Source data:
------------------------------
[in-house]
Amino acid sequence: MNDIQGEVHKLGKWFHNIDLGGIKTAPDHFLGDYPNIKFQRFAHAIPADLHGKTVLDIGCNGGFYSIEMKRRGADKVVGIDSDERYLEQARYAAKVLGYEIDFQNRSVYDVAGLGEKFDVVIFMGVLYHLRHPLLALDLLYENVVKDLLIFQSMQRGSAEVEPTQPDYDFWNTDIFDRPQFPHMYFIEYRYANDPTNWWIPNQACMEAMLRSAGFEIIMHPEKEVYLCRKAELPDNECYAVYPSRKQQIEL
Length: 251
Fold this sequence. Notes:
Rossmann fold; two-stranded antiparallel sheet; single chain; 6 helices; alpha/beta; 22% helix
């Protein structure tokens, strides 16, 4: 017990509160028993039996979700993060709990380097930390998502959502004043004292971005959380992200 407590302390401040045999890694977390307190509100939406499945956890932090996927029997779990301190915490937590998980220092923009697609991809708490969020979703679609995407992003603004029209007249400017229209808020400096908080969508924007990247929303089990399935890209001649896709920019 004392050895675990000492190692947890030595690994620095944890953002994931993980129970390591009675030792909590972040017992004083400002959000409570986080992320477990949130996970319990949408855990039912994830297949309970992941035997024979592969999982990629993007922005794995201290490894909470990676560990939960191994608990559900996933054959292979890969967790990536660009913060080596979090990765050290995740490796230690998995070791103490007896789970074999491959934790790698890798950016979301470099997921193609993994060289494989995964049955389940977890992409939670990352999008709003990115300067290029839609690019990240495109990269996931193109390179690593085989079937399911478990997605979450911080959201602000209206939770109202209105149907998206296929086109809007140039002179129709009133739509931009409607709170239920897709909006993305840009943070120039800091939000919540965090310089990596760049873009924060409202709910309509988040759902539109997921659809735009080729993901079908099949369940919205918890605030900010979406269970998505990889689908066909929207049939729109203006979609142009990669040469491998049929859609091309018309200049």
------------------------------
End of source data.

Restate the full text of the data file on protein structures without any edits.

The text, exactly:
[in-house]
Amino acid sequence: MNDIQGEVHKLGKWFHNIDLGGIKTAPDHFLGDYPNIKFQRFAHAIPADLHGKTVLDIGCNGGFYSIEMKRRGADKVVGIDSDERYLEQARYAAKVLGYEIDFQNRSVYDVAGLGEKFDVVIFMGVLYHLRHPLLALDLLYENVVKDLLIFQSMQRGSAEVEPTQPDYDFWNTDIFDRPQFPHMYFIEYRYANDPTNWWIPNQACMEAMLRSAGFEIIMHPEKEVYLCRKAELPDNECYAVYPSRKQQIEL
Length: 251
Fold this sequence. Notes:
Rossmann fold; two-stranded antiparallel sheet; single chain; 6 helices; alpha/beta; 22% helix
């Protein structure tokens, strides 16, 4: 017990509160028993039996979700993060709990380097930390998502959502004043004292971005959380992200 407590302390401040045999890694977390307190509100939406499945956890932090996927029997779990301190915490937590998980220092923009697609991809708490969020979703679609995407992003603004029209007249400017229209808020400096908080969508924007990247929303089990399935890209001649896709920019 004392050895675990000492190692947890030595690994620095944890953002994931993980129970390591009675030792909590972040017992004083400002959000409570986080992320477990949130996970319990949408855990039912994830297949309970992941035997024979592969999982990629993007922005794995201290490894909470990676560990939960191994608990559900996933054959292979890969967790990536660009913060080596979090990765050290995740490796230690998995070791103490007896789970074999491959934790790698890798950016979301470099997921193609993994060289494989995964049955389940977890992409939670990352999008709003990115300067290029839609690019990240495109990269996931193109390179690593085989079937399911478990997605979450911080959201602000209206939770109202209105149907998206296929086109809007140039002179129709009133739509931009409607709170239920897709909006993305840009943070120039800091939000919540965090310089990596760049873009924060409202709910309509988040759902539109997921659809735009080729993901079908099949369940919205918890605030900010979406269970998505990889689908066909929207049939729109203006979609142009990669040469491998049929859609091309018309200049």